A Feature Review of
The Road Back To You: An Enneagram Journey to Self-Discovery
Ian Morgan Cron and Suzanne Stabile
Reviewed by Seth Vopat
It’s a common narrative: It’s always going to be someone else, it’s not going to be me.
Clergy burnout may be high, but I was never going to fall into that category I told myself. I naively thought with proper preparation I would be able to avoid the statistics and perhaps help change the narrative. And then it came. I rapidly descended like an Apple iPhone into the lower-power mode to conserve energy several years ago. It was in the midst of this descent I was introduced to the enneagram for the first time. A colleague and friend suggested I check it out.
It wasn’t an easy sale. I had already worked through several personality tests in college and seminary like the Myers Briggs—twice. How could another personality system help? If it wasn’t for the fact I was quickly approaching burnout I would probably have ignored my friend’s recommendation. We settled on an overnight retreat and worked with what many consider the classic Christian work on the enneagram, Richard Rohr’s Discovering the Enneagram: An Ancient Tool for a New Spiritual Journey.
The fact Ian Morgan Cron shares a similar story in the introduction of his and Suzanne Stabie’s book, The Road Back To You: An Enneagram Journey to Self-Discovery was a bit unsettling—the reason why is I am probably a four, but more on that later. They had me hooked from the beginning. I became a pilgrim on a fellow journey. And while our experiences and feelings may be different. I knew I walked on a journey with a confidant(s) who knew the struggles with burnout were real. Regardless of how well we might have been prepared for the road ahead. The author(s) willingness to be transparent and let their authentic selves speak makes their book a fabulous addition to enneagram literature.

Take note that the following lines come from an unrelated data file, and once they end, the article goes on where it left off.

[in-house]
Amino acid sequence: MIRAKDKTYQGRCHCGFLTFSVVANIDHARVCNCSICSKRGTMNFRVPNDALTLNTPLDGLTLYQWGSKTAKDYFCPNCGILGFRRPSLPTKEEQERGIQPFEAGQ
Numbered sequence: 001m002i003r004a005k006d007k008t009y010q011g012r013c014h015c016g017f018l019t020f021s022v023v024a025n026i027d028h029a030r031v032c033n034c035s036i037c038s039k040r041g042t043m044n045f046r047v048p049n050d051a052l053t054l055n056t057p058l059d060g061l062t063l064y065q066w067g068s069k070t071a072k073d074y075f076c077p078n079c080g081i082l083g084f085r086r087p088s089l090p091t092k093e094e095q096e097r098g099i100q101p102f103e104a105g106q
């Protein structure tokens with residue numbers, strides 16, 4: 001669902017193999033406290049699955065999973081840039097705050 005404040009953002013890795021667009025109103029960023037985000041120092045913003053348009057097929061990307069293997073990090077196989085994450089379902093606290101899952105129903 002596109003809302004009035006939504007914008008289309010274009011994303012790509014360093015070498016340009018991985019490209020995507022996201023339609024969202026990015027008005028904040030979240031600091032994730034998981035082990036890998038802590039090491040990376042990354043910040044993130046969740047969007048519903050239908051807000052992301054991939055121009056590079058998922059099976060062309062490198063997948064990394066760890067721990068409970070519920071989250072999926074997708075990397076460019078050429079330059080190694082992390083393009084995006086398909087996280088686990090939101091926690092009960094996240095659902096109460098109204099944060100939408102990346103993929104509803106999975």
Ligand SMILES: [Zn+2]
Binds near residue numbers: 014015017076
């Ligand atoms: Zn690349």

Imagine a circle which has nine points, each point represents a different personality type. This is the enneagram. Within the circle are connecting lines between certain numbers to represent the correlation between the two connecting personality types. The nine personality types are grouped into three subcategories called triads, which Cron and Stabile label: anger/gut (8, 9, & 1), feeling/heart (2, 3, & 4), and fear/head (5, 6, & 7). The subcategories represent the underlying current which sparks a person’s decision making process and how she or he responds to stress.
The origins of the enneagram is a bit of mystery. As the authors highlight, it’s possible the enneagram originated within the Christian faith tradition. Whether or not it originated from within Christianity in history it certainly has not remained a tool solely used by Christians as pieces of the enneagram can be traced to Judaism, Sufism, and was popularized in the fields of psychology by Oscar Ichazo in the 1970s.
What makes Cron and Stabile’s book a beautiful and much needed addition to enneagram literature is the fact it captures the same spirit of the legendary cartoonist Charles Schultz. Schultz attributed the success of his long running Peanuts comic to the fact he only included what was necessary and left the rest out. Cron and Stabile masterly include what is necessary—with humorous stories and compassion—to get one started exploring the enneagram and leave out the rest. Even those who are familiar with the enneagram will find an added layer of depth as they engage with two authors who are witty and are willing to be transparent about their own journeys of faith and how the enneagram helped them discover a new self-awareness. And continues to help them. As I don’t think they would say one ever reaches an end point.